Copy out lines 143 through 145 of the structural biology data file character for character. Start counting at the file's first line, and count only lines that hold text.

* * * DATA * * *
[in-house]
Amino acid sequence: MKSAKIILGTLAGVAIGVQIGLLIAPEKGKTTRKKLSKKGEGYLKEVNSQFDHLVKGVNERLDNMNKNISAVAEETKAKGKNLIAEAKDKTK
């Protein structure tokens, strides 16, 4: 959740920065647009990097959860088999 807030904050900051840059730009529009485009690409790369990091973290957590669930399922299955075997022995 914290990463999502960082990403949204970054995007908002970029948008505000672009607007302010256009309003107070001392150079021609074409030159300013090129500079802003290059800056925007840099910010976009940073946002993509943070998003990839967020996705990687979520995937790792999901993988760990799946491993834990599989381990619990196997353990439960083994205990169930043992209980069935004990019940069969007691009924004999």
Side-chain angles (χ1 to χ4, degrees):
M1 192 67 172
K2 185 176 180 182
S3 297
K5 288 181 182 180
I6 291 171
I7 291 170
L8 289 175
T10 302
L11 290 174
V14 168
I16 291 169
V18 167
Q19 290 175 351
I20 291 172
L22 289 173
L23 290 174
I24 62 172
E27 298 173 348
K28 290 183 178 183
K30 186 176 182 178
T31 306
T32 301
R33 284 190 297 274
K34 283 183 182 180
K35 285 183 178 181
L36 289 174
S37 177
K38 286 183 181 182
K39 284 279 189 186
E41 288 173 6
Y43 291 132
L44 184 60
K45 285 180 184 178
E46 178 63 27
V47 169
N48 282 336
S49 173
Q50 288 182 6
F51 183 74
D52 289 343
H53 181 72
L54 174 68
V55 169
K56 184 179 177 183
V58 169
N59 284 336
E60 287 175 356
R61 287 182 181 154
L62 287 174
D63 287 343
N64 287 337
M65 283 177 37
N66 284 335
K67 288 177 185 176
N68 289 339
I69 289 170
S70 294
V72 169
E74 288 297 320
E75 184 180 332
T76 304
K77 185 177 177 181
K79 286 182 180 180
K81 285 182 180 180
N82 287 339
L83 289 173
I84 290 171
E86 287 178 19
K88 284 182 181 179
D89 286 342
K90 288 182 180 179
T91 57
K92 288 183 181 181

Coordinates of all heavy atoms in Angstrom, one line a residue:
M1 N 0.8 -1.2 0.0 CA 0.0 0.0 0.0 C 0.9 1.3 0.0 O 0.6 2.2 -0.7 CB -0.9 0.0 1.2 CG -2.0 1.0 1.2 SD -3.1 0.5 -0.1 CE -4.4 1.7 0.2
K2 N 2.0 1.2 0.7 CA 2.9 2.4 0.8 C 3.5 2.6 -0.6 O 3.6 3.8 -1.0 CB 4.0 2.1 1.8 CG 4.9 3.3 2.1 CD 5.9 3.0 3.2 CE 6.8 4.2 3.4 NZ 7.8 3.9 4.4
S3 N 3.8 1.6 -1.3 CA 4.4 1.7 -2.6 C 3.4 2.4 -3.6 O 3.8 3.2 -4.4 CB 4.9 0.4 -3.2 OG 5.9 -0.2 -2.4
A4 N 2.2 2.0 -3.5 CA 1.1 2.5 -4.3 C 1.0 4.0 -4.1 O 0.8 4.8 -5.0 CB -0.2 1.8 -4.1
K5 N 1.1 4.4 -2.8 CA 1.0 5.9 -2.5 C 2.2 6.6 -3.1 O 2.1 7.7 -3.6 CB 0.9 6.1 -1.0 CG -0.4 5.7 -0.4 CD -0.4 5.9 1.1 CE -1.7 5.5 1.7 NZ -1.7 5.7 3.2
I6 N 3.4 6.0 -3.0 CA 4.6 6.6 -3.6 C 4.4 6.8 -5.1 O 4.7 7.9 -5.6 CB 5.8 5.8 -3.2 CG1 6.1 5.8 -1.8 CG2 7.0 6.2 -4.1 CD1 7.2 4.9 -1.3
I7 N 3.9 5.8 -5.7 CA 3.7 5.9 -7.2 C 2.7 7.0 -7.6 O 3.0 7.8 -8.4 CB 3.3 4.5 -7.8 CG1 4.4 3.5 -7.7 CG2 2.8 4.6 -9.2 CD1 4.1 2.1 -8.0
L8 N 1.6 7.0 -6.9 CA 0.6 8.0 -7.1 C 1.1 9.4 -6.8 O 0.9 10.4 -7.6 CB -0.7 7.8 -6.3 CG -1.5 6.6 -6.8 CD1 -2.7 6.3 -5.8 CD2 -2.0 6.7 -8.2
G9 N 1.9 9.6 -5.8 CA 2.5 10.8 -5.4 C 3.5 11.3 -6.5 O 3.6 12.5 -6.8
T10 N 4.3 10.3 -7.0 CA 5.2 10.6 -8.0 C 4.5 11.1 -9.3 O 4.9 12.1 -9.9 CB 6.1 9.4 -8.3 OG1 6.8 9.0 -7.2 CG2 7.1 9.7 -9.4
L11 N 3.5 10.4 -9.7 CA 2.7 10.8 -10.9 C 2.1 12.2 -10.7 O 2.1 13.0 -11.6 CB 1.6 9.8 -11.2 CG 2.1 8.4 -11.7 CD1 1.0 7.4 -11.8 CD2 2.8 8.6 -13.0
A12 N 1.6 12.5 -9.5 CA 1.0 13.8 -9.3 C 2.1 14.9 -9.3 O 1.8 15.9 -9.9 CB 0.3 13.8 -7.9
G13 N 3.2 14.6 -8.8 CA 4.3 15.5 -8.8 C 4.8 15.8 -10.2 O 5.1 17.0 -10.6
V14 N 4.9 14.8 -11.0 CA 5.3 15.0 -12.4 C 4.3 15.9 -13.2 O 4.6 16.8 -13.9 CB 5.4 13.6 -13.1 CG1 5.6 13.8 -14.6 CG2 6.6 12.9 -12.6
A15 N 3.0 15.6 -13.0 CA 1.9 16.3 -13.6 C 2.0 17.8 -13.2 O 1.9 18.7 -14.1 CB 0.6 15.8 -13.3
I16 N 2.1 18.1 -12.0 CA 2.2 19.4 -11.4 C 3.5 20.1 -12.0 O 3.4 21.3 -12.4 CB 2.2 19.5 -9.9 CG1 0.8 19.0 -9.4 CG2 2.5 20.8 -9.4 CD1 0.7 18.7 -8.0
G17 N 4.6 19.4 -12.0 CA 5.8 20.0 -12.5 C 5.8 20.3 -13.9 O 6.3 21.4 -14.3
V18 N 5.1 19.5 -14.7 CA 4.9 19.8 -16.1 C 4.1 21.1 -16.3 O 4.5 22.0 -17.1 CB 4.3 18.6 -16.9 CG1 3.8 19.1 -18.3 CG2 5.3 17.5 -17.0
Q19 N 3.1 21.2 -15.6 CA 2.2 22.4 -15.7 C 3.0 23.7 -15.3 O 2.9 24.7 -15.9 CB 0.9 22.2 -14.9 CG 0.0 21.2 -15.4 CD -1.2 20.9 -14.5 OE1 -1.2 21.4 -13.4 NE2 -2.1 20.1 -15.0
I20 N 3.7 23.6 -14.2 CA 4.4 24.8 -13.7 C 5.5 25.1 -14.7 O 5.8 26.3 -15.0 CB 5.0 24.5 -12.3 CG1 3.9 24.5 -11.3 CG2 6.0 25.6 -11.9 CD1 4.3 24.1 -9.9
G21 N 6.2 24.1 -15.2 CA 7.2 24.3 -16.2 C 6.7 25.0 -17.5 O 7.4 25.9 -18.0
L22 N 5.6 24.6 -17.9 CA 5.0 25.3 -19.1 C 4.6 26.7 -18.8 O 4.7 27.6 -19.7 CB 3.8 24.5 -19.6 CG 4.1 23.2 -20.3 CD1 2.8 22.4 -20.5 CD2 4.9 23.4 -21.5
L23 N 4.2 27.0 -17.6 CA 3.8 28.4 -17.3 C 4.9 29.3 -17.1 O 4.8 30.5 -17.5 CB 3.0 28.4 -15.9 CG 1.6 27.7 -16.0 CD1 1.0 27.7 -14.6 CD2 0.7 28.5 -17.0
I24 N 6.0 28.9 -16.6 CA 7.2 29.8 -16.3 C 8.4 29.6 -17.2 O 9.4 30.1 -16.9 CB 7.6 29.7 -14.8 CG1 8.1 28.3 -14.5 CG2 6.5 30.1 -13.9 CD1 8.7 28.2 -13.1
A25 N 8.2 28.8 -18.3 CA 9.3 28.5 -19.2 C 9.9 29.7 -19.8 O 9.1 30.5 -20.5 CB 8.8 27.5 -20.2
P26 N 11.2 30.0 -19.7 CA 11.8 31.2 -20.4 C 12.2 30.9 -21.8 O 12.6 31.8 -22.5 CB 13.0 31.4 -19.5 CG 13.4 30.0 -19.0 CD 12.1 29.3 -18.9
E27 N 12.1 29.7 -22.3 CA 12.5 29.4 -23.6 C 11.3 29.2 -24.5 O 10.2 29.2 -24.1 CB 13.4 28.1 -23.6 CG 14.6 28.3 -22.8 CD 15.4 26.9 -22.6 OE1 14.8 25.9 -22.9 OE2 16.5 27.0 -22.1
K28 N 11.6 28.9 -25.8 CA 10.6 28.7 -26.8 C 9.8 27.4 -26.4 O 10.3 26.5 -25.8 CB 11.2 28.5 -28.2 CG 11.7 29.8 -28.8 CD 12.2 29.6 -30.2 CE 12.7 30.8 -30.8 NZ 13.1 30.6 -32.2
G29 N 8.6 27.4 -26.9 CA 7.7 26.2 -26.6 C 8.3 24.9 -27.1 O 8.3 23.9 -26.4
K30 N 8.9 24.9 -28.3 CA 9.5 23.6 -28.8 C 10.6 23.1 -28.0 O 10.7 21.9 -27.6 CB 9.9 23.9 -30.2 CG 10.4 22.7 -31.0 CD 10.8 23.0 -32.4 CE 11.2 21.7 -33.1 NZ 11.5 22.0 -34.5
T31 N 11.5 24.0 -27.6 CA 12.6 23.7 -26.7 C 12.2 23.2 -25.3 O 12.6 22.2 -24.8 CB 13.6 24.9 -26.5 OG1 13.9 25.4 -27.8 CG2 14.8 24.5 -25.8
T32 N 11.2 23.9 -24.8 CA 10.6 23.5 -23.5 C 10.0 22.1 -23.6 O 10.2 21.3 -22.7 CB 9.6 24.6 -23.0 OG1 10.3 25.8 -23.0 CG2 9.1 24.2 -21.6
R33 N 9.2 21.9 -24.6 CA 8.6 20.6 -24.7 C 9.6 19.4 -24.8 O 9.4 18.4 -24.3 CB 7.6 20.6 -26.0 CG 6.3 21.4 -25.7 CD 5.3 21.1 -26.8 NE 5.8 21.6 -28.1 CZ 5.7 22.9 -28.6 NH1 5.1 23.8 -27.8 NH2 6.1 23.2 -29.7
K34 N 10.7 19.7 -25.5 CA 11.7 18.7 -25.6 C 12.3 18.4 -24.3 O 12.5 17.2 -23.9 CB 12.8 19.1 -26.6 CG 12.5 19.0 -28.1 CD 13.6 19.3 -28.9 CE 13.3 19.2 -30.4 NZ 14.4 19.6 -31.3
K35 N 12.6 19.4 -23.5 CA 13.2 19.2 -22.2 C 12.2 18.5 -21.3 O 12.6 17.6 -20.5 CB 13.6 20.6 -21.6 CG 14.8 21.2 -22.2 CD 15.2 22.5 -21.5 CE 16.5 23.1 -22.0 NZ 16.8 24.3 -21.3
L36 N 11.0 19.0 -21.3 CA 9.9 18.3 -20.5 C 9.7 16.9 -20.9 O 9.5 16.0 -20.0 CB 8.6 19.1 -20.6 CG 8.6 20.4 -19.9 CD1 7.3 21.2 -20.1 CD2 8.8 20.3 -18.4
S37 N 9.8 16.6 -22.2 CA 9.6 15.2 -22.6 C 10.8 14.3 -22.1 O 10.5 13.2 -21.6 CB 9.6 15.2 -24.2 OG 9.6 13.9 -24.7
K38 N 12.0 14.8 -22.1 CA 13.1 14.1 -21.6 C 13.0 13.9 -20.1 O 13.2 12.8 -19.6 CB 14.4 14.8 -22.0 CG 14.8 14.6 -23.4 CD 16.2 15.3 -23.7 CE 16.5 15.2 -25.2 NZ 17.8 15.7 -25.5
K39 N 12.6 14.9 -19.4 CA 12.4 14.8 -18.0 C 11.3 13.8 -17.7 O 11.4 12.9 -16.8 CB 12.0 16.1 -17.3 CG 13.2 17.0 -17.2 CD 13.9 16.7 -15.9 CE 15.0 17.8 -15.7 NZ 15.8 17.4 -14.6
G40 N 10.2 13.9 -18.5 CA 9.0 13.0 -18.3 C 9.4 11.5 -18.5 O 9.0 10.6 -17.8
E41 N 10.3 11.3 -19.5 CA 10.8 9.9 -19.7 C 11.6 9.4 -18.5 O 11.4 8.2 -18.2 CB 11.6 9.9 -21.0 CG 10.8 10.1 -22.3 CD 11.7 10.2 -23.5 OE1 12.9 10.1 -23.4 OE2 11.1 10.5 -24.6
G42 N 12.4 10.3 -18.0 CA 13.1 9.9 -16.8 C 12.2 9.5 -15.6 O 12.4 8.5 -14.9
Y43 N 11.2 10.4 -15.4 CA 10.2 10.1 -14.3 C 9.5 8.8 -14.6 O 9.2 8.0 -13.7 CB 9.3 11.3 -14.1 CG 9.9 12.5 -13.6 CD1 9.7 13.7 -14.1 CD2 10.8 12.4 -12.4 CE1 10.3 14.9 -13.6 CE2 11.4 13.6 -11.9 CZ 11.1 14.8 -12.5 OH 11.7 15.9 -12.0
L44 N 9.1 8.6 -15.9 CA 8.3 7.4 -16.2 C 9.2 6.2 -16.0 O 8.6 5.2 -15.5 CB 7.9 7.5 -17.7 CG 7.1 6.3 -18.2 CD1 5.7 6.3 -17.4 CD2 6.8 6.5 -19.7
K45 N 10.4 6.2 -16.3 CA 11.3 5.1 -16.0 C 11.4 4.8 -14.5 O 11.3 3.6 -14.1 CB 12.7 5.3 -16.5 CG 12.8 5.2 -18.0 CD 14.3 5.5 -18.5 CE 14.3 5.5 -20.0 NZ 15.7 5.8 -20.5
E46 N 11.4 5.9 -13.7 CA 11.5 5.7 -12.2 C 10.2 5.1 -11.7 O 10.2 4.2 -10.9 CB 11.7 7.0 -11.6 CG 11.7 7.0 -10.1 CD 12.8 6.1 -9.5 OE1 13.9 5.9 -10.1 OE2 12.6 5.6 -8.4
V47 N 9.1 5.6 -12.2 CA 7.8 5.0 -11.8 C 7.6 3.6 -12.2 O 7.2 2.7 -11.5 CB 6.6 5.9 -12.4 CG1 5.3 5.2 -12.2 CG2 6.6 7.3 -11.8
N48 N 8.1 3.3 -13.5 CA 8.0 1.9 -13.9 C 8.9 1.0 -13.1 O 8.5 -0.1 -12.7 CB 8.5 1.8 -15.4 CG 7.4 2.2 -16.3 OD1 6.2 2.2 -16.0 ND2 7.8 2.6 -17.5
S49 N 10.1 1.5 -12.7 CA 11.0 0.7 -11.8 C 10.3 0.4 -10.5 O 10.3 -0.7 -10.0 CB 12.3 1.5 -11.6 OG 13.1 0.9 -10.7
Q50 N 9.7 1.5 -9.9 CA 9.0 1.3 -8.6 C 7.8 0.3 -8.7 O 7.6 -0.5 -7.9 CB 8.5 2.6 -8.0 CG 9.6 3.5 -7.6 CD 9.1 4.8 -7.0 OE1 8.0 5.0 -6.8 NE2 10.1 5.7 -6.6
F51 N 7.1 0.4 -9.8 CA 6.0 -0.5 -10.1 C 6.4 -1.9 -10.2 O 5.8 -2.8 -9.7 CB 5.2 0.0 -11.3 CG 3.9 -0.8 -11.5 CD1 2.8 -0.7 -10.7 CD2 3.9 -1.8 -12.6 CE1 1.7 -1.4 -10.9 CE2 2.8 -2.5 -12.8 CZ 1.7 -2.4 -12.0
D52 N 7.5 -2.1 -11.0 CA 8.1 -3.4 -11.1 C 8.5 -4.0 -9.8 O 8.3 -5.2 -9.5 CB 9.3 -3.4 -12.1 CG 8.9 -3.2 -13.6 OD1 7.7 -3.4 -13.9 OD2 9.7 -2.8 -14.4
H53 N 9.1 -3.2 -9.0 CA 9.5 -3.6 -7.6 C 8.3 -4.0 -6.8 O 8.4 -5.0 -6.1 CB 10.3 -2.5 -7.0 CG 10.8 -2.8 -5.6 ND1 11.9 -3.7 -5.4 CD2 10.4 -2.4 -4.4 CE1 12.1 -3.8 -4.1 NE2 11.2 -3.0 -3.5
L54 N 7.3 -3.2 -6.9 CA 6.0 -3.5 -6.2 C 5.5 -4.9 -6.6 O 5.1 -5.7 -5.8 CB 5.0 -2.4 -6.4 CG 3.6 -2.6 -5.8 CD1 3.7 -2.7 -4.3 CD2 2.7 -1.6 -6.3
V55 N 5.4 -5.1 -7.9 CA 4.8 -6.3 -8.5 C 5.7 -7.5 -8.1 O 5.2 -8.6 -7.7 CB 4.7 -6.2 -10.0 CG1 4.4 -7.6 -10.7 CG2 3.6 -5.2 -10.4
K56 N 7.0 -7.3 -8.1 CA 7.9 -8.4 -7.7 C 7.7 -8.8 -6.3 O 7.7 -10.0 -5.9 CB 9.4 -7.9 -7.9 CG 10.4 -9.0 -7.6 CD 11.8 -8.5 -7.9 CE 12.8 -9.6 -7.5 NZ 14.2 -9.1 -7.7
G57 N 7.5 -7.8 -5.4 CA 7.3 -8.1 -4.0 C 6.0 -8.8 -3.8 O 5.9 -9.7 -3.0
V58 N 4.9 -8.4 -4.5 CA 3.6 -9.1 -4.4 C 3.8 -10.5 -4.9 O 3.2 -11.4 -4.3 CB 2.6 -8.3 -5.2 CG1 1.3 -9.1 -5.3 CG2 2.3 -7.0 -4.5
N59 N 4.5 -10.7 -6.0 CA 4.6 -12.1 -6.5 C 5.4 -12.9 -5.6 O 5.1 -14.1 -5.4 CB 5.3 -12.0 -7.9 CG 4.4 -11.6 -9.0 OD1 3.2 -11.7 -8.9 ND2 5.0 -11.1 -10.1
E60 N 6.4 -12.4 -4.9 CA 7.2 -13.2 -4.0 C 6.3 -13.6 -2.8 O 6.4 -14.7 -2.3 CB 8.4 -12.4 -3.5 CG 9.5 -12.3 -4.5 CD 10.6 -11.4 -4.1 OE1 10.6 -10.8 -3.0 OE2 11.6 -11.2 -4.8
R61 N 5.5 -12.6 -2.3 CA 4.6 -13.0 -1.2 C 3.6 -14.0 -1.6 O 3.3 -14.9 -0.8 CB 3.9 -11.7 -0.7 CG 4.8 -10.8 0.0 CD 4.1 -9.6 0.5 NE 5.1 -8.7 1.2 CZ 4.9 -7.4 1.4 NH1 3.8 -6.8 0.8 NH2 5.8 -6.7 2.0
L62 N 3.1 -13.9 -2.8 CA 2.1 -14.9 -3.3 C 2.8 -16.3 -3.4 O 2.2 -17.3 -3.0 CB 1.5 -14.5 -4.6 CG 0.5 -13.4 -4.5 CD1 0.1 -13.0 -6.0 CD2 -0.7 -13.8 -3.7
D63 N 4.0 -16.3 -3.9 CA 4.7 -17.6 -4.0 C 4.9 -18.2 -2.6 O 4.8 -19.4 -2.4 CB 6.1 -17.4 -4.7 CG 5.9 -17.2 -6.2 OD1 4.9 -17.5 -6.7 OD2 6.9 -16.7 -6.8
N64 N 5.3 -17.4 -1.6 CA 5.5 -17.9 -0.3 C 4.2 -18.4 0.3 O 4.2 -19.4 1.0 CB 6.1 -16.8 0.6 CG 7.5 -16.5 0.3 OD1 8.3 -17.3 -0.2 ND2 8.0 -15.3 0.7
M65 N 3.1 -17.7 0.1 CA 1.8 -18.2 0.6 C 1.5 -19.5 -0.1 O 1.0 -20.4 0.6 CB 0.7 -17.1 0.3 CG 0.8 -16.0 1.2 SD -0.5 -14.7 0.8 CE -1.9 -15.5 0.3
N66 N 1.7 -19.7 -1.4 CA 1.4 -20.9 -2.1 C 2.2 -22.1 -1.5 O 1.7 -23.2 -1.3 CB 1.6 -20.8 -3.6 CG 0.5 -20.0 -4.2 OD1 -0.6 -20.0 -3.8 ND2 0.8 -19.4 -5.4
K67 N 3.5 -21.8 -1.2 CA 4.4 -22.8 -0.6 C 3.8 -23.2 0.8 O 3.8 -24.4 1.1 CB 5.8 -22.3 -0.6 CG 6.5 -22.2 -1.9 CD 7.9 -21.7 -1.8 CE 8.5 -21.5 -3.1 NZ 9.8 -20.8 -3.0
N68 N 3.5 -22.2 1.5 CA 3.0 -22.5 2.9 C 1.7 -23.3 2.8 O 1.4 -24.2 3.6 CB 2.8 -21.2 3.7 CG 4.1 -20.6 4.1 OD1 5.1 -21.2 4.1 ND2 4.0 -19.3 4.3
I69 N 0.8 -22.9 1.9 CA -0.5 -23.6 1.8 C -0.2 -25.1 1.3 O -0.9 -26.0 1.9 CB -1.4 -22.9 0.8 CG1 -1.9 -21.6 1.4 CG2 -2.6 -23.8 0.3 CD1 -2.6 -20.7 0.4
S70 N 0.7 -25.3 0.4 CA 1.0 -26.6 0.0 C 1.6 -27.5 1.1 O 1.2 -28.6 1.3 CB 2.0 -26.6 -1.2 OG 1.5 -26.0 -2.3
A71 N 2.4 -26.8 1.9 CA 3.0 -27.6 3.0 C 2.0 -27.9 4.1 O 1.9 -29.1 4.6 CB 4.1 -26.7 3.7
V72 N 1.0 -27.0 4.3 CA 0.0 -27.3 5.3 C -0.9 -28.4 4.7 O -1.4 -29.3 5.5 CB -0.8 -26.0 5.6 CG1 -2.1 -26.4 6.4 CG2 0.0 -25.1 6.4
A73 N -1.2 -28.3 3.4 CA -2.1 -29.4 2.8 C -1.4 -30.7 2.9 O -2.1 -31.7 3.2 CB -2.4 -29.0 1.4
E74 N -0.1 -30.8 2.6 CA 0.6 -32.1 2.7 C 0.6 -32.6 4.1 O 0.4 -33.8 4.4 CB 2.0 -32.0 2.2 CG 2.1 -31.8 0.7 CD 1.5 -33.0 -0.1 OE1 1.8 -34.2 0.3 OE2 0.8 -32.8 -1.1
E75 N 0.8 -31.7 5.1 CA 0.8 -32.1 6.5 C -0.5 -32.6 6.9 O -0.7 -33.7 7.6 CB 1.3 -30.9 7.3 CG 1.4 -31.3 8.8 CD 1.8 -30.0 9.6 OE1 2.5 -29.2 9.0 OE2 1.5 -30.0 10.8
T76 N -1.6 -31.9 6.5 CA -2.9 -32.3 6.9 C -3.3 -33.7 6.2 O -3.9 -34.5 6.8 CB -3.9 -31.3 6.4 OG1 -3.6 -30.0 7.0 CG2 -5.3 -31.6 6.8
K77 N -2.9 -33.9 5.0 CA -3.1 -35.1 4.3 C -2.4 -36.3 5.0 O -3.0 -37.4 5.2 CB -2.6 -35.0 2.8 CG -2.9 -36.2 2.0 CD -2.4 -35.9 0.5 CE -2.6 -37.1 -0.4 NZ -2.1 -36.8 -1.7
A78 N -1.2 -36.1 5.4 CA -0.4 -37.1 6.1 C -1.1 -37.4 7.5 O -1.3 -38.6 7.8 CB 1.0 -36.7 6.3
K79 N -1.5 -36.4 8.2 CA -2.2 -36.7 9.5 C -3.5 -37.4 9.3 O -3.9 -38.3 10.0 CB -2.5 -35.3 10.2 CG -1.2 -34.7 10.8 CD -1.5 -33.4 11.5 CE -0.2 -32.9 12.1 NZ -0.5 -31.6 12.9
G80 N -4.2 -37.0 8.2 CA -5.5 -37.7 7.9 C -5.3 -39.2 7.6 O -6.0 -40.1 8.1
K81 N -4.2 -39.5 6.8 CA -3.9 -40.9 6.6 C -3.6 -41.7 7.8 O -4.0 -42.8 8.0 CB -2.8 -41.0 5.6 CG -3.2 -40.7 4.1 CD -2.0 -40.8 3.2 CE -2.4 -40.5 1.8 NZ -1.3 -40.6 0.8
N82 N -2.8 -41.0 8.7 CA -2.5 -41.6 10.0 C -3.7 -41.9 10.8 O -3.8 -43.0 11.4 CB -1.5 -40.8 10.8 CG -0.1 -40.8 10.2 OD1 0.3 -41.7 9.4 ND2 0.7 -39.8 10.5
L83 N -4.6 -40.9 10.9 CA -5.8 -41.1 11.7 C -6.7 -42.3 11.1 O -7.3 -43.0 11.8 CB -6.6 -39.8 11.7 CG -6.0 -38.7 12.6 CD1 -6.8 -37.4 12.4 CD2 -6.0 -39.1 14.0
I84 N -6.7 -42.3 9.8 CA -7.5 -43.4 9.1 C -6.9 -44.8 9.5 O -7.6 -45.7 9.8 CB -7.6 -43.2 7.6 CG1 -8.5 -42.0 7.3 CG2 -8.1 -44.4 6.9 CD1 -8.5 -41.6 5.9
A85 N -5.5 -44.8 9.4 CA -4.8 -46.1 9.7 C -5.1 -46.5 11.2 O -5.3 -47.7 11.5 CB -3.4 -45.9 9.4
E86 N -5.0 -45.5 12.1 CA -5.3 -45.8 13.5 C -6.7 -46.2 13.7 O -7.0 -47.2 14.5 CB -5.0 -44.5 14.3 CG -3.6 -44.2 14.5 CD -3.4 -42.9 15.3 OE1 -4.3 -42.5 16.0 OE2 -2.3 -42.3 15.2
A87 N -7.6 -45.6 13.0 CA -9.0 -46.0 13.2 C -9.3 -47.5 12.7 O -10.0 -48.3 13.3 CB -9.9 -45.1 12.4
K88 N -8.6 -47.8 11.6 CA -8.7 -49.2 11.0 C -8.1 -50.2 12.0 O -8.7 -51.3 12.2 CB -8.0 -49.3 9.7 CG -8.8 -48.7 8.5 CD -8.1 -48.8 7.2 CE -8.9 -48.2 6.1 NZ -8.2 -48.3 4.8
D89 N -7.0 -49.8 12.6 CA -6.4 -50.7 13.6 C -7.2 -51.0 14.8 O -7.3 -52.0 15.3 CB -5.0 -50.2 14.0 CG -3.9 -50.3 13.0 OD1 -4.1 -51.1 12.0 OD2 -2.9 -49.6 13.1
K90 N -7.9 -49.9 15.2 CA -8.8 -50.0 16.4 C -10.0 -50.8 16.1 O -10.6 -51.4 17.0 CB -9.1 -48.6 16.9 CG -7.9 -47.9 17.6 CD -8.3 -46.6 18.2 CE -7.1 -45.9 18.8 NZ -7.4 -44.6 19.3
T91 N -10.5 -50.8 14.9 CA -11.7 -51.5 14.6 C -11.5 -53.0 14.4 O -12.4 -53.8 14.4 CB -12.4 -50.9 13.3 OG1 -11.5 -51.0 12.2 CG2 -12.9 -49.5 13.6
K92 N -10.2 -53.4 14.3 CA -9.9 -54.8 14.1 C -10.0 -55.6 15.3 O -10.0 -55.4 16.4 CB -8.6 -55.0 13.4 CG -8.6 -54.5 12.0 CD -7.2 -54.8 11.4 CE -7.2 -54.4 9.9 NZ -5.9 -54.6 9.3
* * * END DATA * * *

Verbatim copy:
M65 N 3.1 -17.7 0.1 CA 1.8 -18.2 0.6 C 1.5 -19.5 -0.1 O 1.0 -20.4 0.6 CB 0.7 -17.1 0.3 CG 0.8 -16.0 1.2 SD -0.5 -14.7 0.8 CE -1.9 -15.5 0.3
N66 N 1.7 -19.7 -1.4 CA 1.4 -20.9 -2.1 C 2.2 -22.1 -1.5 O 1.7 -23.2 -1.3 CB 1.6 -20.8 -3.6 CG 0.5 -20.0 -4.2 OD1 -0.6 -20.0 -3.8 ND2 0.8 -19.4 -5.4
K67 N 3.5 -21.8 -1.2 CA 4.4 -22.8 -0.6 C 3.8 -23.2 0.8 O 3.8 -24.4 1.1 CB 5.8 -22.3 -0.6 CG 6.5 -22.2 -1.9 CD 7.9 -21.7 -1.8 CE 8.5 -21.5 -3.1 NZ 9.8 -20.8 -3.0